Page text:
OKAHANDJA residents are unhappy with the cleanliness of their town, saying that litter is becoming a health hazard.
They accuse the Town Council of doing nothing to rectify the situation while the town is slowly being buried under litter.
That the town is dirty is a fact. Especially in the Nau-Aib township, heaps of refuse can be seen on almost every street corner.
"Please expose this rubbish for the outside world to see," said two women walking past while The Namibian was taking pictures of the refuse heaps that have become a permanent fixture in the lives of the residents.
The Council's Chief Executive Officer, Regina Alugodhi, said the town's cleanliness was a concern to the Council and that it was trying its level best to do something about it.
Alugodhi said until January this year the Council did not have the necessary equipment to clean up the town. Some equipment was acquired in January, including a front-loader, and the clean-up has started, she said.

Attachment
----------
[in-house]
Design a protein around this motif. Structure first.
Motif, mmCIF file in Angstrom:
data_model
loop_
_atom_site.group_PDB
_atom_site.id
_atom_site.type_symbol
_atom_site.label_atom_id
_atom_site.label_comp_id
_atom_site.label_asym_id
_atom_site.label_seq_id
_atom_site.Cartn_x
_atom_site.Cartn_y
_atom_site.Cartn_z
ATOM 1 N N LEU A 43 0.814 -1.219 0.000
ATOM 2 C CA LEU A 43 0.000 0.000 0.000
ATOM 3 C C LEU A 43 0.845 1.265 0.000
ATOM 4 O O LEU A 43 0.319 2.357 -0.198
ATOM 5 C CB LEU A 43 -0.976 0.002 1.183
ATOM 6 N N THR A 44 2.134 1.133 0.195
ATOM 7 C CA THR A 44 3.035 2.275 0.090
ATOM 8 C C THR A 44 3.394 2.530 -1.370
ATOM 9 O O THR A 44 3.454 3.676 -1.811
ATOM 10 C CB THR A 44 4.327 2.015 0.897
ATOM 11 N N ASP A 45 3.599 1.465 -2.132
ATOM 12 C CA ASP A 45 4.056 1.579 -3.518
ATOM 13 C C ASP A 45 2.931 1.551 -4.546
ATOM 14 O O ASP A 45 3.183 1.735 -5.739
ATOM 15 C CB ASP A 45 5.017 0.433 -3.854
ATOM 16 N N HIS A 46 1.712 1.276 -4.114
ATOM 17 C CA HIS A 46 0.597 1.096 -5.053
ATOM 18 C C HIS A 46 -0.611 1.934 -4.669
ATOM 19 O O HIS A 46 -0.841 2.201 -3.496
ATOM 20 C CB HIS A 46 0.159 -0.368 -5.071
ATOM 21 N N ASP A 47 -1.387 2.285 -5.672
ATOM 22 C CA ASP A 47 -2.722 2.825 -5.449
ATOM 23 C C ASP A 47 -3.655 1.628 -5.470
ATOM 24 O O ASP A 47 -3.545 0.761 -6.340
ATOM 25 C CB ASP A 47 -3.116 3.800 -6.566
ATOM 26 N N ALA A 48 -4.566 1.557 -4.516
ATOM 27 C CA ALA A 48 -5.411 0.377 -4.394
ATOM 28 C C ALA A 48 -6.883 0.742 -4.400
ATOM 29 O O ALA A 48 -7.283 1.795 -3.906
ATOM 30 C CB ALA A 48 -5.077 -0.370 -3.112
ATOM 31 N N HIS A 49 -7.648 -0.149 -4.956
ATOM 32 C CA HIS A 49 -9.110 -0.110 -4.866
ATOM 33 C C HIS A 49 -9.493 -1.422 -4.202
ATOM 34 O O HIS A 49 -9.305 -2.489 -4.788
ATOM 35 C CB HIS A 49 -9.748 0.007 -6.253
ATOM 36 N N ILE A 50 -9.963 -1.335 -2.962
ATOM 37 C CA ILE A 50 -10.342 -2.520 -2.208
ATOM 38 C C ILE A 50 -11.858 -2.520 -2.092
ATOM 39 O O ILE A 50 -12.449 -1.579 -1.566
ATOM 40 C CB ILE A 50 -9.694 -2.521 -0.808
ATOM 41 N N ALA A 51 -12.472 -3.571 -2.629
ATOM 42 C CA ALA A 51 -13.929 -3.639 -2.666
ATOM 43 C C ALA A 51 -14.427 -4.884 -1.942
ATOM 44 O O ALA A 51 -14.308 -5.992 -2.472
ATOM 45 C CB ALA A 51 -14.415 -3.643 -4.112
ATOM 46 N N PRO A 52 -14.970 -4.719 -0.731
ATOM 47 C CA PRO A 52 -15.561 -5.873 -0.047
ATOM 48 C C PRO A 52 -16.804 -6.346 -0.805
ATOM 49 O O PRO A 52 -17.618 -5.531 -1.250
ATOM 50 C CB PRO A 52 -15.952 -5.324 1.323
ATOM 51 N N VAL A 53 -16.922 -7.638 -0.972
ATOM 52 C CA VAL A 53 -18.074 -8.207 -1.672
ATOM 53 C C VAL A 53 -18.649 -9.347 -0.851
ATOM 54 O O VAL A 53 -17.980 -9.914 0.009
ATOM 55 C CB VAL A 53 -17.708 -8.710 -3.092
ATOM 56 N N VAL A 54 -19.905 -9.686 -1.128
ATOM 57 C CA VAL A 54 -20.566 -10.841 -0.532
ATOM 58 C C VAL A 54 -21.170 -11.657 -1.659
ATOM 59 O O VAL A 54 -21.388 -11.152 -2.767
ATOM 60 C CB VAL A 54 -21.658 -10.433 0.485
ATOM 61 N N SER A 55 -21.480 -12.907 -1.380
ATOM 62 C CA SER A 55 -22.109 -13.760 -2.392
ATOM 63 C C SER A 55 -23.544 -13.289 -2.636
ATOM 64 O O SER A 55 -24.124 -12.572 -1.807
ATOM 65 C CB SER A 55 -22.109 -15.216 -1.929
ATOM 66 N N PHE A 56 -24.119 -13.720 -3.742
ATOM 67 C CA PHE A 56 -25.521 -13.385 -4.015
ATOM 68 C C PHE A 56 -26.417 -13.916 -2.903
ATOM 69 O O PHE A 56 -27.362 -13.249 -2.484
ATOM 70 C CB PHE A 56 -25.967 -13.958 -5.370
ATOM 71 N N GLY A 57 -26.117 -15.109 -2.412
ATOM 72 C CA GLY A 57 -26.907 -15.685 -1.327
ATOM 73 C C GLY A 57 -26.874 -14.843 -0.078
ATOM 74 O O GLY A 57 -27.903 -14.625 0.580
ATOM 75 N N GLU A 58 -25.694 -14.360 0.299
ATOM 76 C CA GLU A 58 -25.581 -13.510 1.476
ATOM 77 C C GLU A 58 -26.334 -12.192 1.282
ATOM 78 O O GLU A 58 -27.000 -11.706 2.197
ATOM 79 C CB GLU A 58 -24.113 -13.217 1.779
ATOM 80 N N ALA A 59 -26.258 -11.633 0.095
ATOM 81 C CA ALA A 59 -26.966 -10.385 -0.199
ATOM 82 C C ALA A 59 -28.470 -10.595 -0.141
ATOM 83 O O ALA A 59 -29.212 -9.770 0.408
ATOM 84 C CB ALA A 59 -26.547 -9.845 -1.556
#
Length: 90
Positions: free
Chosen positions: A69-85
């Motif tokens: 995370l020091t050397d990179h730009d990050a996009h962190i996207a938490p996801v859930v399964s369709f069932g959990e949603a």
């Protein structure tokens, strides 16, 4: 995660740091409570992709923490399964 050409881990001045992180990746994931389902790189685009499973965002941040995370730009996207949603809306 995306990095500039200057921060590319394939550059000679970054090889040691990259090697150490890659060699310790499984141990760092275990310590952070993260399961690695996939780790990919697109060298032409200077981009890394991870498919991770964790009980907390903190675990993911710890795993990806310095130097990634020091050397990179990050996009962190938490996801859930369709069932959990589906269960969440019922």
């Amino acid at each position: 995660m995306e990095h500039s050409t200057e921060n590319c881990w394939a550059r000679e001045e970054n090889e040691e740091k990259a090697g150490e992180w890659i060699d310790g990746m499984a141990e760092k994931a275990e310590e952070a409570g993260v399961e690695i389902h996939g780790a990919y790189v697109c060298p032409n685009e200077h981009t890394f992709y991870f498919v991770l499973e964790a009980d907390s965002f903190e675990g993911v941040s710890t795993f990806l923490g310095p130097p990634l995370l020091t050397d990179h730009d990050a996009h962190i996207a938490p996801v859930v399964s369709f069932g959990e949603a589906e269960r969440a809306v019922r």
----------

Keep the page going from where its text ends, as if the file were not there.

She said household refuse removal was done once a week and the refuse removal team was working in a different section of the town every day.
Alugodhi blamed the fast pace of urbanisation for problems with service delivery, saying that the town's population was growing by the day.
She urged residents to help clean up the town, since they were the ones who had littered in the first place.
The cleanliness of the town was one of the issues residents mentioned when they voted for a new regional councillor last week.
Many of them are hoping that the new regional councillor, Steve Biko Booys, will be able to push the town Council to work harder to clean up Okahandja.